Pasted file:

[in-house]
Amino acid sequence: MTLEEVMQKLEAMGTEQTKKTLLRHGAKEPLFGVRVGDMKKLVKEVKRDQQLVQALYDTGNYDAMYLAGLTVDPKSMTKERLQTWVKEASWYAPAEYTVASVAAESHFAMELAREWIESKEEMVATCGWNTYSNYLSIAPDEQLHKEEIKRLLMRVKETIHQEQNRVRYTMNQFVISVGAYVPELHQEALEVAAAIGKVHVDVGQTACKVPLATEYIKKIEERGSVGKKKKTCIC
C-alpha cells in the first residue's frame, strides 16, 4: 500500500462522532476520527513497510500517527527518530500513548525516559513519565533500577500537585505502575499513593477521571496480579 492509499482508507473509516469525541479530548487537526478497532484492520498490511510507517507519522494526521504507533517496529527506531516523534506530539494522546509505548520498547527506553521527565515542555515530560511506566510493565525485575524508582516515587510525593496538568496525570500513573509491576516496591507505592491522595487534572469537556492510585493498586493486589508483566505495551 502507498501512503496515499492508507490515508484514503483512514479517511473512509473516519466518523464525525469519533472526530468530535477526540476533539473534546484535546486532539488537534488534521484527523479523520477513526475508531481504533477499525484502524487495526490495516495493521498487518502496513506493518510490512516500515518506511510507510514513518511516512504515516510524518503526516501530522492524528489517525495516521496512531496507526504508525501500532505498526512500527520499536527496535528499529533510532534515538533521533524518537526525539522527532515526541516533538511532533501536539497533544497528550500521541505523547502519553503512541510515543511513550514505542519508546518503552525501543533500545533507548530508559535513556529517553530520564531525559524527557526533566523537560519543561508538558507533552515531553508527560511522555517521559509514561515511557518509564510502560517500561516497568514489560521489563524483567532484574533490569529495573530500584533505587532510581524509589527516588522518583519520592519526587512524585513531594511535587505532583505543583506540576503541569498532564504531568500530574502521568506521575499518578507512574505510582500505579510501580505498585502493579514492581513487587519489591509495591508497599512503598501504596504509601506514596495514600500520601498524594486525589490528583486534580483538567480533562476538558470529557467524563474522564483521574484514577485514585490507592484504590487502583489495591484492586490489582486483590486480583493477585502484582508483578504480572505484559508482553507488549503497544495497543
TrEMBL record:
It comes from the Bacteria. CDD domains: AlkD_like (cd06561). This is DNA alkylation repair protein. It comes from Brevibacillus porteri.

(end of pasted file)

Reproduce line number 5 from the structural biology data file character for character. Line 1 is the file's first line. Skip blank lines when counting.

It comes from the Bacteria. CDD domains: AlkD_like (cd06561). This is DNA alkylation repair protein. It comes from Brevibacillus porteri.